Jan 10, 2024
Rowan Casson-du Mont
Liam Woodlands-Mooney, Alex Hall, Stella Casson-du Mont
Eostre (2021) is a truly involving exercise in atmosphere, and it’s worth your time. This period short film tells the story of a monk who attempts to ingratiate himself amongst the community of a mysterious village, but not all is what it seems. With the tagline ‘An Anglo-Saxon Horror Story’, the piece slowly transitions from dramatic mystery to supernatural body-horror – leading the audience through an episodic progression of disturbia; a crescendo with a gut-punch of a climax which elevates the short to another level. It could be argued that it owes a debt to Robin Hardy’s The Wicker Man (1973), wherein an unaware protagonist wanders into a terrifying world of ritual and collective paranoia, only to have his own fate inevitably sealed.
There’s a lot to enjoy in this film, from its mood building to its exciting directorial choices; however, the star of the show is without question the impeccable production design which showcases an attention to detail that’s unusual in a production of this kind. Production design is a frequently overlooked element of filmmaking in general, but you only have to watch work such as this to understand how essential it is in building a sense of place and time. Every building, costume and tool seen in camera feels grounded and fully realised. Additionally in terms of makeup, the most memorable moment in the piece comes in the practical effects present in the denouement: reminiscent of a certain iconic sequence in An American Werewolf in London (1981), viewers are treated to a ferociously enjoyable display of gruesome character design -- not to mention, the wonderful sound design goes a long way in selling the ickiness of the moment. This is quality low-budget filmmaking.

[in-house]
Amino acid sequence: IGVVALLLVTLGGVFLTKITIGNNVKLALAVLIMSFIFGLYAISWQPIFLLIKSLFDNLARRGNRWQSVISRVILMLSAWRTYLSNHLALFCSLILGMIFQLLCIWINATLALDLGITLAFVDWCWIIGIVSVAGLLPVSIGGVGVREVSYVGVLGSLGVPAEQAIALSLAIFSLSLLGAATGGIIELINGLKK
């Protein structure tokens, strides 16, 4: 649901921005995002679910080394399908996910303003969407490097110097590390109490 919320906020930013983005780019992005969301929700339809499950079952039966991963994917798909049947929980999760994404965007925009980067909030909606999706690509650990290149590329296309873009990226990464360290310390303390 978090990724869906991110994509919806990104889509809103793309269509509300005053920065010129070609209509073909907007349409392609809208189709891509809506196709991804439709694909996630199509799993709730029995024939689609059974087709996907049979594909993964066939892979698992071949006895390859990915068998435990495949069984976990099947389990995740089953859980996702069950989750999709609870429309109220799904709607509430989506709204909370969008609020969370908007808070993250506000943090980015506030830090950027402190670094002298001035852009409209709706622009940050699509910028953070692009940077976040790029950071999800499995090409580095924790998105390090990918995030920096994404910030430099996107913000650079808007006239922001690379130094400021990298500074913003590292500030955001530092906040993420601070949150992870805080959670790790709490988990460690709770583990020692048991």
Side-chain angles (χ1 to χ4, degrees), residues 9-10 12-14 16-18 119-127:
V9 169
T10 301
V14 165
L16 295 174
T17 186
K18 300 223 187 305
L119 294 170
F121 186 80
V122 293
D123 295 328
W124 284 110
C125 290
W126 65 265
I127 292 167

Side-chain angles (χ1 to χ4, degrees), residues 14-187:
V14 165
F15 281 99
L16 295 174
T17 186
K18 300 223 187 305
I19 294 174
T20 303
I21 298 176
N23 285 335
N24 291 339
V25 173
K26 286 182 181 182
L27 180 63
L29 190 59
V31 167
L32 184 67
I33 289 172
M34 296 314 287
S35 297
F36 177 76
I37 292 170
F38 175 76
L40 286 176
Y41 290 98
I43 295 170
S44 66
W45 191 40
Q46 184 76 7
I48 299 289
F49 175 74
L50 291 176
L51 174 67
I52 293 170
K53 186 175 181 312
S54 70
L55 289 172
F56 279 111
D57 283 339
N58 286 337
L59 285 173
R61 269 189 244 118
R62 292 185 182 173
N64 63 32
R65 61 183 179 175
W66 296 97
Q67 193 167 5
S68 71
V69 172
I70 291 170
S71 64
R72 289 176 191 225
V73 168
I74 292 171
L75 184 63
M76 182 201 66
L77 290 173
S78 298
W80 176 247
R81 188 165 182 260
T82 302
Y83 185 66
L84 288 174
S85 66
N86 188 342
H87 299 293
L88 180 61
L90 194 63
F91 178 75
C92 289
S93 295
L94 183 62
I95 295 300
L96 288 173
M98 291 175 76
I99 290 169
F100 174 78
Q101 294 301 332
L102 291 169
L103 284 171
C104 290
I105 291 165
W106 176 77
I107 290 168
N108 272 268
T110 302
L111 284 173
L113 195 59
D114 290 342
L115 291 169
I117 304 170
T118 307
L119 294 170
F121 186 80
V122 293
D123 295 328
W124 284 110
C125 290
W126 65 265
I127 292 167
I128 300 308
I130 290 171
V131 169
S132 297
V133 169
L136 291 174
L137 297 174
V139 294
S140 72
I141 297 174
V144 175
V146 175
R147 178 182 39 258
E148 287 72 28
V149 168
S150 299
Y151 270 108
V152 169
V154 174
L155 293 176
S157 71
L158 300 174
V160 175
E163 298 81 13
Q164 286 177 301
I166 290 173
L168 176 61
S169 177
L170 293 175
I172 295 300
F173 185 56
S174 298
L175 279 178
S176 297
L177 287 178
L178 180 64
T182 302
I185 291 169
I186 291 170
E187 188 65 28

Despite the praise, the film could have gone further with a more gothic aesthetic. The slightly muted visuals don’t quite match the extreme nature of this supernatural folktale; there was an opportunity to take an expressionistic approach (darker shadows, more expressive lighting, etc.) to further add to its potent atmosphere, and it feels as if the filmmakers missed a trick in visual terms. Nevertheless, this is but a minor stylistic complaint – in fact, there is some fantastic technical cinematography on display: namely, some incredibly virtuosic moments of camera motion. Multiple shots, using a dolly, are of a high professional quality and are selected sparingly but therefore effectively to implement a sense of scale and depth to our progressing story.
One should not neglect to consider the level of ambition that is present in this film. There is something to admire in the fact that the locations we are shown feel genuine and of their time – this is an achievement in producing terms. Moreover, the large cast of appropriately costumed characters (down to the impressive beards) provide this project with a unique kind of production value not often present within student cinema. But production value aside, this film is simply an entertaining watch. While not without flaw, Eostre offers up a fun and surprising viewing experience designed to please fans of innovative independent cinema and horror enthusiasts alike.